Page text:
By Antonis Antoniou
The main failure of the Cypriot politics is that so many people on both sides of the dividing line in Cyprus either don’t support a solution, or they would like a solution but on ‘their own terms’. The Cyprus Problem has sadly been a convenient political game by Cypriot politicians, both Greek and Turkish. The status quo supports the political establishment and provides easy patriotic arguments to win the moral high ground and thus attract voters and win elections.
Politics by definition implies compromise, but in Cyprus, no politician is prepared to spell out the compromises needed and the challenges that should be addressed in order to bring about a solution acceptable to both sides.
Hence let’s focus on the economics of the no solution compared to the benefits of a solution.
As Aristotle said “man is both an economic as well as a political animal”. I am sure that Aristotle would not have minded if we take this proposition a step further and argue that man is more of an economic than a political animal. How does this relate to the Cyprus problem?
The biggest challenge facing Cyprus and the prospects for investment, growth and wealth creation is uncertainty. Every time a peace initiative fails, the level of uncertainty increases, even though many pretend it does not exist. The no solution scenario increases uncertainty and negatively affects the Cypriot economy and its citizens’ well-being. The actions of successive governments of the Republic have expounded the uncertainty and contributed to the deteriorating economic situation.Let’s take for example the CY£300 million purchase of the S300 air defence missile system that ended up in Crete after the objections from Turkey; and the creation of the Stock Exchange without due care for investor’s rights and education that caused millions of pounds being lost by uninformed investors.
This latter ill-considered act destroyed many families and the savings of thousands of people who deserve better. In addition, think about the mismanagement of the economy and its banking system by the Christofias administration. If successive governments had an appropriate risk identification and assessment register, this should and could have been prevented. The fact that the Cypriot economy has proved so resilient over the years and kept going, despite the self-inflicted catastrophes and the 1974 invasion, which destroyed most economic activity, is a reflection of the entrepreneurial and innovative skills of the Cypriots.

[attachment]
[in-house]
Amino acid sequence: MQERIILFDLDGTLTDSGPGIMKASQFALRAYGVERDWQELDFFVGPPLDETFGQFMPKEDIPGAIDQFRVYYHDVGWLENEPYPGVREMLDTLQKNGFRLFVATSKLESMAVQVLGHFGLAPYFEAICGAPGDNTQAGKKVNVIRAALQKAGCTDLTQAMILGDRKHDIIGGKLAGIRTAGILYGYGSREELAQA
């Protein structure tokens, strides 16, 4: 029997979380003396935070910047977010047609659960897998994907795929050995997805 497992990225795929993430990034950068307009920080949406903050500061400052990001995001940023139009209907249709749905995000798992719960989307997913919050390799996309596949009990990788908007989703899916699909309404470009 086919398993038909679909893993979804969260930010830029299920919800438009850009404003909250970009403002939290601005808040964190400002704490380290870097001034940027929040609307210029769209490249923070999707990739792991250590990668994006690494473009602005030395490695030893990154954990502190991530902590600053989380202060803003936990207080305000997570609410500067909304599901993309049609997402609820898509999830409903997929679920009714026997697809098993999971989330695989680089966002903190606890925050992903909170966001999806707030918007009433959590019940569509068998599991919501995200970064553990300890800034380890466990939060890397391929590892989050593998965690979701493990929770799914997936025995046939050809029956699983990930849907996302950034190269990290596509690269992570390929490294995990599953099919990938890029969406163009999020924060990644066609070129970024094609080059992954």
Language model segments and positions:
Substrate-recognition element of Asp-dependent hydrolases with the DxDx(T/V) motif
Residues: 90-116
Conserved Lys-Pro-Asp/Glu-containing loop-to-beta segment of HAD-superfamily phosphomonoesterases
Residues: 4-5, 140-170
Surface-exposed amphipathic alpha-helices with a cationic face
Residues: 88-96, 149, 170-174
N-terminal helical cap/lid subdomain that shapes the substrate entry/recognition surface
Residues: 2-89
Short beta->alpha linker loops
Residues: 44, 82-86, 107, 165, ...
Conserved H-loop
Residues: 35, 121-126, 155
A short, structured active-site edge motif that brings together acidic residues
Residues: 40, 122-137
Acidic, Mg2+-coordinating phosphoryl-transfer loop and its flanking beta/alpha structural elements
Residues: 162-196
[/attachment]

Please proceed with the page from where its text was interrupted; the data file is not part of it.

With the prominence on the political agenda of the ‘perceived’ need of a solution from 1974 onwards, the Cypriot electorate has been very forgiving of the economic mismanagement, which has always taken second place, contrary to what would be expected in a different context.
Whenever there are elections, the main debate continues to centre on solving the Cyprus Problem within the UN and nowadays EU frameworks, even though these institutions have been blamed time and time again for previous failures. Still the focus remains the same. The forthcoming elections will again be contested around the Cyprus Problem and the winner will likely be the candidate with the most uncompromising and unrealistic assessment. If Aristotle were alive now, no doubt he would feel very depressed that his statement has been confined to the bins of Cyprus politics.
Let’s now consider the potential consequences of a solution from an economic point of view.
The pillars of the Cypriot economy are considered to be tourism, maritime transportation and professional services. Of the three, the first and third are very susceptible to uncertainty and as veteran politician Nicos Rolandis once said “…are like birds on a tree: one loud bang and they are off”. A no solution inevitably means that an accident or incident by anybody that wishes to pressurise the Cyprus government could easily lead to such a loud bang. If one accepts the premise that Turkey’s ultimate goal is to control the whole of Cyprus and its resources, any challenge to Turkey’s geopolitical interests would increase the likelihood of a loud bang. If that happens, once again the economy will suffer significantly and this will affect health care, education and the ability of the government to support its citizens.